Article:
Self-employment is not for everyone, but many publishing professionals thrive, or at least survive, in a freelance capacity. Before you decide whether to join them, however, keep these factors in mind:
You probably won’t get rich from freelance writing or editing, but the qualitative rewards are manifest. Self-employed editorial professionals are hereby excused from useless, time-wasting, poorly run meetings. (Freelancers sometimes need to attend in-person or online meetings as part of a project they’ve been hired for, but such gatherings tend to be more efficient than the average company or department to-do.)
Freelancers also are fortunate enough to be able to avoid demoralizing company policies, depressing workplace ambience, petty office politics, inept managers, and annoying colleagues. Then there’s that whole commuting thing — and no traffic reports (unless you want to tune in just for the sake of nostalgia). When you work at home, you also get to choose what kind of clothes you wear — or whether you wear anything at all.
But self-employment is a challenge, especially for those who do not have a strong aptitude for business management — after all, you, as a freelancer, are running a business. Therefore, you have no one but yourself (unless you hire someone) to manage your finances or your marketing. Each year, if you’re a US citizen, you must submit a profit-or-loss statement and figure (and pay) a self-employment tax, and you should always be working on getting your next project while you’re completing your current one.
Furthermore, your income will be variable. And if you’re paid a flat fee, false starts and dead-end ideas don’t earn you any money. Fiction writers, especially, have to put in seemingly endless hours in a gamble to earn a decent living in royalties — and you’re nowhere near done even when the not-so-final draft of your manuscript is accepted.
Still determined to go independent? Then follow my advice:
1. Find an anchor client. Your first priority is to enter into a relationship with a company that provides you with a steady source of work that provides you with enough income to get by. Everything else is just frosting on the cake, but bake the cake first.
2. Don’t be particular — at first. Certainly, you should search your soul for what kind of content you’d like to work on. But when you’re starting out, accept any assignment that involves writing or editing words — and, even though you should have a pay range in mind, be prepared to accept less compensation than is ideal. You can always ask for a “raise” later, and you can always increase your rate when you are engaged by new clients.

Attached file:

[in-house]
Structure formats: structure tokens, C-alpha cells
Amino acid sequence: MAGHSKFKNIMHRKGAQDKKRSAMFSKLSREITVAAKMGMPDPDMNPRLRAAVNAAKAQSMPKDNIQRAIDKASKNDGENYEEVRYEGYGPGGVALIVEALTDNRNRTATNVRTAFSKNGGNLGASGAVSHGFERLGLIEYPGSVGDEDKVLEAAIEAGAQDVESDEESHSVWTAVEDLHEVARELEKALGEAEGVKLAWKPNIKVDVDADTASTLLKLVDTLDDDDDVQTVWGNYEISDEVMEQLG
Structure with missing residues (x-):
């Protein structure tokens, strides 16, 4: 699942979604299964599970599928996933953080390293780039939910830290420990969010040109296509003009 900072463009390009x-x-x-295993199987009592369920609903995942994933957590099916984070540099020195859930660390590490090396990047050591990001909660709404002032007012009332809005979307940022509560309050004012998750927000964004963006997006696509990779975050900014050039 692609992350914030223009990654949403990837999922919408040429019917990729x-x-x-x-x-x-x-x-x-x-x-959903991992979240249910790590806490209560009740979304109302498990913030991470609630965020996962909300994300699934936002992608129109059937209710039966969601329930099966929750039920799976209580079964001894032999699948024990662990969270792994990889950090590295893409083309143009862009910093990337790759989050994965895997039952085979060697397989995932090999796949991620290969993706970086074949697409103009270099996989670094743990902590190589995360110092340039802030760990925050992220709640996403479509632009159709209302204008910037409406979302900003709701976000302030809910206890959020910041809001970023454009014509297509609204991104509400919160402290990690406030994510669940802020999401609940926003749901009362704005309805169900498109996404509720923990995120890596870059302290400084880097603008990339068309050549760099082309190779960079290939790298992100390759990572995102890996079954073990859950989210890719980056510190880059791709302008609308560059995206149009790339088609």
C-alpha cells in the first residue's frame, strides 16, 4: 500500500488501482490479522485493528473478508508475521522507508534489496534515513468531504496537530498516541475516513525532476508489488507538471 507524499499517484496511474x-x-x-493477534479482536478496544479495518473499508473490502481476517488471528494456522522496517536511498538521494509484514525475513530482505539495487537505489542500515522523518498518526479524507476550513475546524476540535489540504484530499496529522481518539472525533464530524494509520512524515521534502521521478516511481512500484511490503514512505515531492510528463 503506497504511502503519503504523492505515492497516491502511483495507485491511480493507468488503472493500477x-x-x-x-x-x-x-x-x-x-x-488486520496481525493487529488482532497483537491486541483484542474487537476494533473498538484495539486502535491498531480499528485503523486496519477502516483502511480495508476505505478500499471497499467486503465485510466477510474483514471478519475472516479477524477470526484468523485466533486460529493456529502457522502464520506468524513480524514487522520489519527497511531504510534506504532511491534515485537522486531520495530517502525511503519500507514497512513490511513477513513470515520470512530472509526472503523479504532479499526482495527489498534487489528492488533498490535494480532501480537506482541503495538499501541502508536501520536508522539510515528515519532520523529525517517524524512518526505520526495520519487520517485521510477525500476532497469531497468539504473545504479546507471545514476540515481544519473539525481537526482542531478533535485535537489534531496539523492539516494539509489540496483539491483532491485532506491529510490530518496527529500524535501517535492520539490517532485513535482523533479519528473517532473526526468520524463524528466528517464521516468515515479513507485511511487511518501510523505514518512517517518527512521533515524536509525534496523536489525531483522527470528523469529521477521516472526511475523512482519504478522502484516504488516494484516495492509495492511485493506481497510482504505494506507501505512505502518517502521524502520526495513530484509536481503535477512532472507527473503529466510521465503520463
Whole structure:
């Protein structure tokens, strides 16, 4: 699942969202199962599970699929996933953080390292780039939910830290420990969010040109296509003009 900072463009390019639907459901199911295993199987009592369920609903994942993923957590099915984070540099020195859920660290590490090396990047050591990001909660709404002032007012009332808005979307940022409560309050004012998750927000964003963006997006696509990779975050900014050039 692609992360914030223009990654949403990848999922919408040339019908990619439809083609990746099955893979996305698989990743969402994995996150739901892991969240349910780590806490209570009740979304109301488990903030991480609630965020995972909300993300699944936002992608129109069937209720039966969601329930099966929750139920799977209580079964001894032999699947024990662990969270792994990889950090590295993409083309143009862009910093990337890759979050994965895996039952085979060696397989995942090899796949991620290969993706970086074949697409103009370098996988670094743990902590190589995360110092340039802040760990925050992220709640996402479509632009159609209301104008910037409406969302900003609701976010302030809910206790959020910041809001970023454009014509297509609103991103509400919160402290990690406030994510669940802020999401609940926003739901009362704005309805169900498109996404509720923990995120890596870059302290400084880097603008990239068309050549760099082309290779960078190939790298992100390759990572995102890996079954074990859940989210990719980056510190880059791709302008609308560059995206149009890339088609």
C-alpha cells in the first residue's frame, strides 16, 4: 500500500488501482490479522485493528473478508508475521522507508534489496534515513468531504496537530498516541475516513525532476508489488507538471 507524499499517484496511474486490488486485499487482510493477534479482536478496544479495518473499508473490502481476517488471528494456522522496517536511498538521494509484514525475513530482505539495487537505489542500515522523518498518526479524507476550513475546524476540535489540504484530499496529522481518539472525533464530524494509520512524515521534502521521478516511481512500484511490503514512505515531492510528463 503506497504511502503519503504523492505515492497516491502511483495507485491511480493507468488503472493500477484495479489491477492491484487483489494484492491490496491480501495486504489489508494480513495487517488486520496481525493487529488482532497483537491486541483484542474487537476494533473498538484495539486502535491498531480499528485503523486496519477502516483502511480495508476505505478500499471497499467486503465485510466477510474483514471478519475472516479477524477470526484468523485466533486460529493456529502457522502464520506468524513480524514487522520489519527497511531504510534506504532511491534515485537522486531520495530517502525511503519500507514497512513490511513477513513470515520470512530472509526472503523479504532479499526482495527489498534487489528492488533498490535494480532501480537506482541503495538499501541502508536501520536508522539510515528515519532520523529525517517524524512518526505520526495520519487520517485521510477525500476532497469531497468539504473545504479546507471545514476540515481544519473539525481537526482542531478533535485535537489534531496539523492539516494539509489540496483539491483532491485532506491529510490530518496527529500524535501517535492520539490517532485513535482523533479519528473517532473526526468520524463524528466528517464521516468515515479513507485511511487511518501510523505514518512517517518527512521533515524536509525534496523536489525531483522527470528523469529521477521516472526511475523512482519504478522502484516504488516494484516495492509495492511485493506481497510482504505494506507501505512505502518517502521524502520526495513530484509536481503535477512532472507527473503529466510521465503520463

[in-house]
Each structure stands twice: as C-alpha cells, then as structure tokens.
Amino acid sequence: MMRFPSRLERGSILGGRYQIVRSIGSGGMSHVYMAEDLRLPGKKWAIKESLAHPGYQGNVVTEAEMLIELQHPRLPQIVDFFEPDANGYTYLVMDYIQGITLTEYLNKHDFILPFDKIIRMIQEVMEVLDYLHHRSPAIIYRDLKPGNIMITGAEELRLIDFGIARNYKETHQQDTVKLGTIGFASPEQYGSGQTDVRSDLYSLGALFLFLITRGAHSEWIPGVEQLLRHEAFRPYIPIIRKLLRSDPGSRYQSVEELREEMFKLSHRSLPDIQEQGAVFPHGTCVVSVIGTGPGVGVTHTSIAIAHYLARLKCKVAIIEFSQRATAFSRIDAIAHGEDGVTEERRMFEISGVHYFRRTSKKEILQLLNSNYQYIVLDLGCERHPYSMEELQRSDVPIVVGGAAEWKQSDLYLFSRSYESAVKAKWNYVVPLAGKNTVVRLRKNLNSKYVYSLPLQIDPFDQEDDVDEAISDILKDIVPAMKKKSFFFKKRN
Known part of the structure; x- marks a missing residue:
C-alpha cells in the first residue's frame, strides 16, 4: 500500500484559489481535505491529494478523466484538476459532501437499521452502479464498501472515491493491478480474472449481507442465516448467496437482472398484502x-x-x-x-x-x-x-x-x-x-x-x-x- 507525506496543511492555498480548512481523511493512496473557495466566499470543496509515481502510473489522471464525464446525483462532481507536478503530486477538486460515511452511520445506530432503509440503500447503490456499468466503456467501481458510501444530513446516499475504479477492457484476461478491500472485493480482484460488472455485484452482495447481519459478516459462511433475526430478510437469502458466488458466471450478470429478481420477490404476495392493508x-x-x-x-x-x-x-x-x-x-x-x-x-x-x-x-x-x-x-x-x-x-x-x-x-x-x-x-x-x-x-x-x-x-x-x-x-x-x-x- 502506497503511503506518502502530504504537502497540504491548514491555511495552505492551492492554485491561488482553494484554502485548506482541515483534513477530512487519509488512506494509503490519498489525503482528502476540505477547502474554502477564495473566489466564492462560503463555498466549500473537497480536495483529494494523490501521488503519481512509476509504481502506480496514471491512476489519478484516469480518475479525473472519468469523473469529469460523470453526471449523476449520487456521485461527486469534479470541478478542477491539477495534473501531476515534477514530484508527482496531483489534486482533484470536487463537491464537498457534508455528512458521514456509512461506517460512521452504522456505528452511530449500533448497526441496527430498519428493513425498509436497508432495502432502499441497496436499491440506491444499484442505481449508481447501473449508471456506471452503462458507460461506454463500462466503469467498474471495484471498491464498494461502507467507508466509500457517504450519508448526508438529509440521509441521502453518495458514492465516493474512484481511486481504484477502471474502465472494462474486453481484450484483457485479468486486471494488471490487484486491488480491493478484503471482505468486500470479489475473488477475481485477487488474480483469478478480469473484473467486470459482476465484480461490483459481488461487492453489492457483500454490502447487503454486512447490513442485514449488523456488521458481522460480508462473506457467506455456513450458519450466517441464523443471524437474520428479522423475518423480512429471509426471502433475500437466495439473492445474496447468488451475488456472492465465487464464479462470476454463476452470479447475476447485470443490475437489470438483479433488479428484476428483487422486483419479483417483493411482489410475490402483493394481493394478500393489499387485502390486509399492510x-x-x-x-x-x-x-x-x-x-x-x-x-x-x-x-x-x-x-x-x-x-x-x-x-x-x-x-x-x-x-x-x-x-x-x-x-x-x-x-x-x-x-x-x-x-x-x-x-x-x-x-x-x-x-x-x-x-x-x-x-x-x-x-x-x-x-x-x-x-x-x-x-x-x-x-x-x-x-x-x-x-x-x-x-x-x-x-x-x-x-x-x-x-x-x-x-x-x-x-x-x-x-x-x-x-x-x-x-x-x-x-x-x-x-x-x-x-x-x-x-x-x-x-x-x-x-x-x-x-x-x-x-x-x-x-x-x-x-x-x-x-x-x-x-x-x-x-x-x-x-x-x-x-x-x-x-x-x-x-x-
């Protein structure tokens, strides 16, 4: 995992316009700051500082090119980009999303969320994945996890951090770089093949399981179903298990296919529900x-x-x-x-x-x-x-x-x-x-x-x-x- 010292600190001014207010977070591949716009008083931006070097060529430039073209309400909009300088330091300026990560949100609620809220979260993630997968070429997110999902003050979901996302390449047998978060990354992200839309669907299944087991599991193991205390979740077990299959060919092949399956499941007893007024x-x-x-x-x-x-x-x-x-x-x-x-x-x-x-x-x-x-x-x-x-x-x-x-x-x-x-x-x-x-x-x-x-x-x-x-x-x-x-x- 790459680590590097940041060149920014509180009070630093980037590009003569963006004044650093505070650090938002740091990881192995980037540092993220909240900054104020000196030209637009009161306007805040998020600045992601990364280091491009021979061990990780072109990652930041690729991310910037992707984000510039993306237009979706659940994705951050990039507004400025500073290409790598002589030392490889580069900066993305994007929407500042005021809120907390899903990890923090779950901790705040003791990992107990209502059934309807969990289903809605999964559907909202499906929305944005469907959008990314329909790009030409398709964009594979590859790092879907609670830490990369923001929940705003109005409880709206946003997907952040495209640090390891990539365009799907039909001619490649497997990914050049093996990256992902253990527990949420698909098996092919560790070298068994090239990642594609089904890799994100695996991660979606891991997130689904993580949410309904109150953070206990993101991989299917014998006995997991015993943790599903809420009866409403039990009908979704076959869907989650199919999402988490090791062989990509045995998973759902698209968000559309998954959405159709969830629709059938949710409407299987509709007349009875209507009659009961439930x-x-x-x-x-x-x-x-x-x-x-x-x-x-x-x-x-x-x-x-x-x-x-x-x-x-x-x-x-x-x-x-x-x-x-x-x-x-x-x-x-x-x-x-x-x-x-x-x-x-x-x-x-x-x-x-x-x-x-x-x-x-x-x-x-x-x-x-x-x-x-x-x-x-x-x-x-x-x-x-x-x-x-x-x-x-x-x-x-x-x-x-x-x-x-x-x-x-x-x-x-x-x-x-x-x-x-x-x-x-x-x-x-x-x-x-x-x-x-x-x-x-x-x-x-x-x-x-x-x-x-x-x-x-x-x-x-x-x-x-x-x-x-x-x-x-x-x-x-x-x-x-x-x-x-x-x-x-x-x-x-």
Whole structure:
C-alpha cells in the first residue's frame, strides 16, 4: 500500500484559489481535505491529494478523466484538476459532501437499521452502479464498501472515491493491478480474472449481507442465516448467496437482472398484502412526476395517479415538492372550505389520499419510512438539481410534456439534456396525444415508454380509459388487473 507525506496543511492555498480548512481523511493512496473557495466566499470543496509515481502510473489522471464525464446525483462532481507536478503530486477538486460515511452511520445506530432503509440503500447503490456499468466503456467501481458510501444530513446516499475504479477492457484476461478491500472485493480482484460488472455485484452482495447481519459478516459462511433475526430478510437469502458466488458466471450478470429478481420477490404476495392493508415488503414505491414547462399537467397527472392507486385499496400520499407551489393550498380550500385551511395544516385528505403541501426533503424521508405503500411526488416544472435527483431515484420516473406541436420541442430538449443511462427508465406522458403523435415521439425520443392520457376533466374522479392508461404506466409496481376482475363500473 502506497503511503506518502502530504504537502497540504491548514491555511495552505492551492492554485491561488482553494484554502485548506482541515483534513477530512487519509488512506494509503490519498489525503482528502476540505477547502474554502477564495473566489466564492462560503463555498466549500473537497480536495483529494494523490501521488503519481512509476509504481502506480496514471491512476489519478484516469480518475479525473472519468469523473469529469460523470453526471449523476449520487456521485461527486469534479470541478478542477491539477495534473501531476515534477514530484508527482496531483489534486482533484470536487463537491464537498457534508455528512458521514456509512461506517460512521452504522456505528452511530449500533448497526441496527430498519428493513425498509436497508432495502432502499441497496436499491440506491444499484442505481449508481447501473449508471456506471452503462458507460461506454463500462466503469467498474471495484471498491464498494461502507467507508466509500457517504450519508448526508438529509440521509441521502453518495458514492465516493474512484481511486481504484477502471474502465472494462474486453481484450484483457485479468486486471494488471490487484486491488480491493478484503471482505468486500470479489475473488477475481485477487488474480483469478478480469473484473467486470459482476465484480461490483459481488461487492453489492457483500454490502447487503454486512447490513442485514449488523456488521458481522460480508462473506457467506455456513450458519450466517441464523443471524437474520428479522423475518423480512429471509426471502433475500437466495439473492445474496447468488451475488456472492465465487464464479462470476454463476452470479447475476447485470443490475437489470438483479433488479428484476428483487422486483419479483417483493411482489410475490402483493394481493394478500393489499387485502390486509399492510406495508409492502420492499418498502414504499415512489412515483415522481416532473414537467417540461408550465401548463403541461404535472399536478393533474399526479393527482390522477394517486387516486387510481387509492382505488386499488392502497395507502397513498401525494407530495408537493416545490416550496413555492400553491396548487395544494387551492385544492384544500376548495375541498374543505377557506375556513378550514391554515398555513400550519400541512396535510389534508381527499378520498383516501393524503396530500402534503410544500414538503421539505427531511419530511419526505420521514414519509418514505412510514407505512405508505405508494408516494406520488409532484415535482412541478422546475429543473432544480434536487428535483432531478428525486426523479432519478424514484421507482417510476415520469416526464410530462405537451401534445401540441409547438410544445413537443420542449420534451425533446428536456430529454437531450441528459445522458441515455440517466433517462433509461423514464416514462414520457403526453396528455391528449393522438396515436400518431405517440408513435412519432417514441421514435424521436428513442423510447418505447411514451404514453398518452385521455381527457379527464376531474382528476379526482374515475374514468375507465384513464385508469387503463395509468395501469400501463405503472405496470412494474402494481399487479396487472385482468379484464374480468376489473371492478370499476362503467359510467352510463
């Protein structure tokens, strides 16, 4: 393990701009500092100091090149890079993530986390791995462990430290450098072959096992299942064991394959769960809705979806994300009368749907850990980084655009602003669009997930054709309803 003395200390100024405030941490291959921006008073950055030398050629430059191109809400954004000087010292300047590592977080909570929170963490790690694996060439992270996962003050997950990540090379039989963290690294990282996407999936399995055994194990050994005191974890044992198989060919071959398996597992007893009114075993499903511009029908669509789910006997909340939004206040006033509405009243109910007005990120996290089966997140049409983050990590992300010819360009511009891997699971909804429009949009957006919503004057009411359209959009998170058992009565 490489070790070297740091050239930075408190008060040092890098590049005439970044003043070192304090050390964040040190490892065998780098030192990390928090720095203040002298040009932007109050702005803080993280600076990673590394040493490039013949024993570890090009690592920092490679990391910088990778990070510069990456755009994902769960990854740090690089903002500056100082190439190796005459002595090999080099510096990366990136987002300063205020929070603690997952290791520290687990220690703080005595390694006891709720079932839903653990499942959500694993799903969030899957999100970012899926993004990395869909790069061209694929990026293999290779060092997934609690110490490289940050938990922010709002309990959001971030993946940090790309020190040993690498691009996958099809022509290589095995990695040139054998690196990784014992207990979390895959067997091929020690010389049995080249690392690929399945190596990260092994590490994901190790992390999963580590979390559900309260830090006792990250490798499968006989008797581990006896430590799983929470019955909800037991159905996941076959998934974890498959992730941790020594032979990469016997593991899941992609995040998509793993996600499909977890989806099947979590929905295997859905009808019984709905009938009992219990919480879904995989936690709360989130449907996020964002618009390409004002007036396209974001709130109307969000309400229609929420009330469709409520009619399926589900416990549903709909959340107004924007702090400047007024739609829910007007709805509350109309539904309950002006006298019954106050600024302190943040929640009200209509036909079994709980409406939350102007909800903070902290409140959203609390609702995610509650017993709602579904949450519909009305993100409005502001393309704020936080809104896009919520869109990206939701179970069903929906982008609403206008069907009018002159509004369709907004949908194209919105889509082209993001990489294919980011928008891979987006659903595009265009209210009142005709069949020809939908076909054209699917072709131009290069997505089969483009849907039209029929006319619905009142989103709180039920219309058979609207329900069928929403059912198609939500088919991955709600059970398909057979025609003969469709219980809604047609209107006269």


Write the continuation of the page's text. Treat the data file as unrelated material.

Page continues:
3. Be flexible about your rates. I’ve varied my hourly editing rate by up to $50, depending on the client. Online research will yield extensive information about the market rate for writing and editing in various media, in different industries, and so on. You may very well end up straddling two or more markets, and your pay rate may vary substantially. (Also, if you’re asked what rate you’ll accept, rather than offered one, propose a range with a $5-$10 differential starting at your minimum.)
4. Don’t give up your day job. Not right away, at any rate. Nights, weekends, summer vacations for educators — these are the opportunities to wade into the freelance pool. Even if your steady job is making you mentally unsteady, stick it out until you have an anchor client. The transition period may exhaust you as you try to juggle full-time work, your personal life, and your efforts to start your own business, but you may be able to jettison your job sooner than you think. (Or you can work for a part-time salary and be self-employed, too.)
5. Keep it simple. You don’t need much in the way of infrastructure. You can probably get away without business cards. You don’t need a fancy-looking invoice template. Some self-employed people rent a small office or use an outbuilding as a way of separating their professional life from their personal one, but few of us can afford that luxury. Turning a spare room into an office, or using an existing study, or even setting aside part of a bedroom or a family room, is sufficient for most people. (But make sure others in your household know that when you’re on the clock, you’re off limits.)
Remember, too, that self-employment will always be hard work — but virtually any employment is a hard work, and being your own boss is its own reward.
Note: The DWT Freelance Writing Course will re-open September, so stay tuned.